I’ve either listened to or participated in a few discussions revolving around whether holiness is God’s fundamental, governing moral attribute.
Some who do not agree with this position believe that God’s holiness is not a specific attribute but rather is his over-arching characteristic, the sum totality of all that he is. Thus holiness is really a generic description of God. Thus, all of God’s attributes = holiness.
While this may sound like a legitimate theological option, the refrain “you shall be holy, for I am holy” heard in both the OT (Lev 11:44) and NT (1 Pet 1:16) casts a serious doubt as to its legitimacy. How are believers in any dispensation to replicate this aspect of God if it is not an attribute?
It seems that this opinion – that God’s holiness is the sum of his attributes – has been confused with God’s glory and majesty, which are not attributes but rather the result of the exercise of his attributes.
I (obviously) have not plumbed my systematic theologies for helpful pointers. However, the memory of hours pouring through the 2 point type of Augustus Hopkins Strong’s Systematic Theology sticks with me, and so I’ll close this post with some choice quotes:
When the enemy comes in like a flood, the Spirit of the Lord will raise up a standard against him. I would do my part in raising up such a standard. I would lead others to avow anew, as I do now, in spite of the supercilious assumptions of modern infidelity, my firm belief…in the old doctrines of holiness as the fundamental attribute of God (p. x).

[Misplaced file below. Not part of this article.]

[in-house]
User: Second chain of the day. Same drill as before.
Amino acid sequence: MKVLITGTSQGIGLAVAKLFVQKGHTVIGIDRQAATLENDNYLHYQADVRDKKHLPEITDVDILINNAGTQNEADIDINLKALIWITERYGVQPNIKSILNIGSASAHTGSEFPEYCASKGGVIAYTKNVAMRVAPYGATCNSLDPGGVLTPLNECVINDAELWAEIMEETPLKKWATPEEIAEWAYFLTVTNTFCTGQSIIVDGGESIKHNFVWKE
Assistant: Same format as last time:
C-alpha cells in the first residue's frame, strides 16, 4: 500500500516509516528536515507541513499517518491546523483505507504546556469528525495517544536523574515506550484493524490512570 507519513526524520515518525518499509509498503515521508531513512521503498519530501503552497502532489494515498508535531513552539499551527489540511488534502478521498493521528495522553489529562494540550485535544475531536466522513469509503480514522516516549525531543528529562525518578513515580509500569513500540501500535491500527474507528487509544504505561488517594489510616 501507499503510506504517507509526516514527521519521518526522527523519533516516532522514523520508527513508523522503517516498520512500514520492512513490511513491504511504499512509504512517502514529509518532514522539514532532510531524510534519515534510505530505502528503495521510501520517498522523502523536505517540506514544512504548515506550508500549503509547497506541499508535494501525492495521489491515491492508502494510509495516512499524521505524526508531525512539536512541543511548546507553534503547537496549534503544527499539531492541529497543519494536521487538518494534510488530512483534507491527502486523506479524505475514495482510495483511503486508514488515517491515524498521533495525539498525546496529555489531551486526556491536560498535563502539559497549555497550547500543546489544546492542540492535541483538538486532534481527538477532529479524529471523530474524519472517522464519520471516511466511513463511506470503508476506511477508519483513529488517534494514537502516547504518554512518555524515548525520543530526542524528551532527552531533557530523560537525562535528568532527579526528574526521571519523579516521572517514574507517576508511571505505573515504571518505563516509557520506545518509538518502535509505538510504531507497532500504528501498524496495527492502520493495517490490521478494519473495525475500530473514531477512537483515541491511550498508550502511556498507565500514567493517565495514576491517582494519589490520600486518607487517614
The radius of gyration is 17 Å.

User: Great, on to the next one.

There can be no proper doctrine of the atonement and no proper doctrine of retribution, so long as Holiness is refused its preeminence. Love must have a norm or standard, and this norm or standard can be found only in Holiness. The old conviction of sin and the sense of guilt that drove the convicted sinner to the cross are inseparable from a firm belief in the self-affirming attribute of God as logically prior to and as conditioning the self-communicating attribute (p. x).
I recognize that this short post probably won’t be convincing enough to cause those of a different persuasion to respond with an “I Surrender All.” That’s fine. Perhaps sometime in the future I’ll put together a more detailed post defending this belief – then they can come forward. 🙂